Wednesday, April 2, 2014

Worlds of Wonder (Writing Process Blog Hop)

Happy Almost-the-Weekend!

If you've found your way to this post, no doubt it's because you followed the link from Meredith Daniels, creator of Devotion, Georgia, and the Southern Honor series. If you've found your way here through some other windy, twisty and very interesting route ... Congratulations! That's the way all the best stories happen, so welcome to the inner mind of an author.

That's sort of the point of this meandering literary offering. This is one stop on what I hope is for you a fun-filled ride of exploration into how and why writers write. Each author on this blog hop answers the same four questions about their current works in progress, their process and how they go about getting the voices out of their heads and onto the screen or page. You can go backwards or forwards in this journey, following the links and threads to see what makes writers write.

Like many writers, I think, my love of writing sprang from my love of reading. There's something uniquely special about breathing life into a whole new world, giving birth to captivating characters and putting them into some pretty amazing situations.

1) What are you working on?

Three things, actually.  

One is Hidden Jewel, the third book in my Jewel trilogy with Siren Publishing. Stolen Jewel, Book 2, came out in January, and it's a followup to The Family Jewel, my most popular futuristic erotic romance. Hidden Jewel features warrior Isvan te Jerran - the grown son of my heroine in The Family Jewel - teaming  up with his lover, former sex slave Coren Riker, and spy Nerissa to crack a slave ring. 

Two is Three Wanton Wishes, Book 2 in my Love in a Bottle series with Samhain, which started with Three Wicked Wishes. In Three Wanton Wishes, my genie Jane aims to get a devoted single dad together with his daughter's sweet, exotic nanny.

And three is Hounds, the rewrite for my Young Adult novel featuring werewolves and hellhounds. (Yes, I swear I'm still working on it!)

2) How does your work differ from others in the genre? 

I like to think the humour in my writing sets it apart from others - and, yes, I know we all like to believe we are perfect little snowflakes, no two alike. Even though my characters get into some pretty terrible situations, I like to help them find time to laugh. I know I do when I write certain scenes or dialogue, and I hope my readers are laughing right along with me.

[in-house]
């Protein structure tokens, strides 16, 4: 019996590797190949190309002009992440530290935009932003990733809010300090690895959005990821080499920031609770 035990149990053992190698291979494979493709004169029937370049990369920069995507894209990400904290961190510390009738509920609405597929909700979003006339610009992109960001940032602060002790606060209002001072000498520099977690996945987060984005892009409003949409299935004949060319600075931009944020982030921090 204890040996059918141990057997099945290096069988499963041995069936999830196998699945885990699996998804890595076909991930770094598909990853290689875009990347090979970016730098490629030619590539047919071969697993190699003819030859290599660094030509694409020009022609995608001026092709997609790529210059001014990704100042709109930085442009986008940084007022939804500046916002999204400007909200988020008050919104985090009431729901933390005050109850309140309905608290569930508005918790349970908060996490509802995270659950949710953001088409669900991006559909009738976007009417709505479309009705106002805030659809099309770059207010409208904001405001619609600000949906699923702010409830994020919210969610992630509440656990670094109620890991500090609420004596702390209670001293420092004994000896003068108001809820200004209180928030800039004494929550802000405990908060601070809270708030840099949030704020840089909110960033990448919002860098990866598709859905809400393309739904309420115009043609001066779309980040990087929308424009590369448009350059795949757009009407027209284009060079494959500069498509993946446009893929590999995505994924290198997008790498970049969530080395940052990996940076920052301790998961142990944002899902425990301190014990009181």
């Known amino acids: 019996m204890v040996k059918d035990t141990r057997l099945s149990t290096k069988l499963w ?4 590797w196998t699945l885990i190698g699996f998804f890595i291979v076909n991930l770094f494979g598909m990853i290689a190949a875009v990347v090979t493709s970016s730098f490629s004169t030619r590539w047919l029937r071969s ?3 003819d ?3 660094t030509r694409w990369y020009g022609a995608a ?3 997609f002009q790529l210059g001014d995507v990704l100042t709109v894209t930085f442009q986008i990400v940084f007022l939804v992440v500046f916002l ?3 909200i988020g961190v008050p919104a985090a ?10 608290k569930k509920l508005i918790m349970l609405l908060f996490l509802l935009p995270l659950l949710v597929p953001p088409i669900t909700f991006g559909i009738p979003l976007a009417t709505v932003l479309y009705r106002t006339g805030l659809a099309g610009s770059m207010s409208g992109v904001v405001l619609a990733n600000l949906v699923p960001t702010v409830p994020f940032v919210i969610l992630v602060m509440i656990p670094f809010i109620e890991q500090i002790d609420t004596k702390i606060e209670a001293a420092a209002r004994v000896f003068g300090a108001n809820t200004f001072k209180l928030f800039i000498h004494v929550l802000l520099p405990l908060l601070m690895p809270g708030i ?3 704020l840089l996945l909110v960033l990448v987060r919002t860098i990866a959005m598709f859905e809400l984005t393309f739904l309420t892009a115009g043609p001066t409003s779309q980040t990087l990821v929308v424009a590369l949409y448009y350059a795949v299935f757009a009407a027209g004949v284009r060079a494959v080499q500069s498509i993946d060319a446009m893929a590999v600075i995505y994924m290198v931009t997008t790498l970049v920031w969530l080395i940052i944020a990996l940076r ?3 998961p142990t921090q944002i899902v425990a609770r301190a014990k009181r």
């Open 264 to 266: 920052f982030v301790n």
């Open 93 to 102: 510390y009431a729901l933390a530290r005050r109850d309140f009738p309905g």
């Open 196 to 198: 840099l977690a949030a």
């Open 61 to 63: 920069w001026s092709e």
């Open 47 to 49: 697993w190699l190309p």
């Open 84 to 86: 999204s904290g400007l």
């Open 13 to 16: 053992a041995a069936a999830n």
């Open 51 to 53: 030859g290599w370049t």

3)Why do you write what you write?

This one's easy: I write what I love to read. Space, starships, hunky heroes and smart women. Magic and mystery, genies and wishes. Even werewolves and mermaids and rock stars, oh my! All with love and out-of-this-world passion, and adventure and fun, fun, FUN!

4) How does your writing process work?

Trickier ... I know how I'd like my writing process to work. I'd like to be able to plot my book from start to finish, schedule a regular writing time every day, blow through those revises and edits, and never, ever get waylaid by life's little challenges like cooking, cleaning, the day job and, oh yes, making sure my family doesn't forget me because they never see me emerge from the writing cave.

In reality, I almost always start with the kernel of an idea. It could be a character I want to write a story for, but it usually begins with a situation and answering the question: What if? What if the Little Mermaid found out her prince was an ass, and went back to the loving arms of her yummy merman? (Oh, yeah - forgot to add that to my list of works in progress, though all I've written so far is the bare bones of an outline.)

I take my idea and power-write in bullet points as much of it as I can think of in one sitting, which usually involves start, finish and some major plot points in between. Sometimes it involves the rough details of my main characters, although they usually evolve out of the scenario. From there, it's pantser all the way. When I start writing, it's always best if I write straight through, without pausing to reread what I've written. If I get stuck, I try to skip ahead to what I know in my mind should happen after whatever was giving me a hard time, then come back to it later. If I reread what I've written before I finish, I get sucked down the self-editing rabbit hole. It happens much more often than I'd like.

On the plus side, I usually only write one draft, then do a run-though to polish it up before submitting it. I wish I could produce far more books than I do, but there just aren't enough hours in the day. I still love it, though, when I can get lost in world-building and exploring those new realms with my characters.

Wow. I can honestly say I never intended to write this much. See, that's what you get when someone is asked to talk about themselves. Yak yak yak! :lol

With that said, I hope you enjoy my writing world as much as I do.

Now, I'm passing the blogging torch to Maia Strong. A Joss Whedon fan and writer of galactic adventure - a writer after my own heart. Check her out!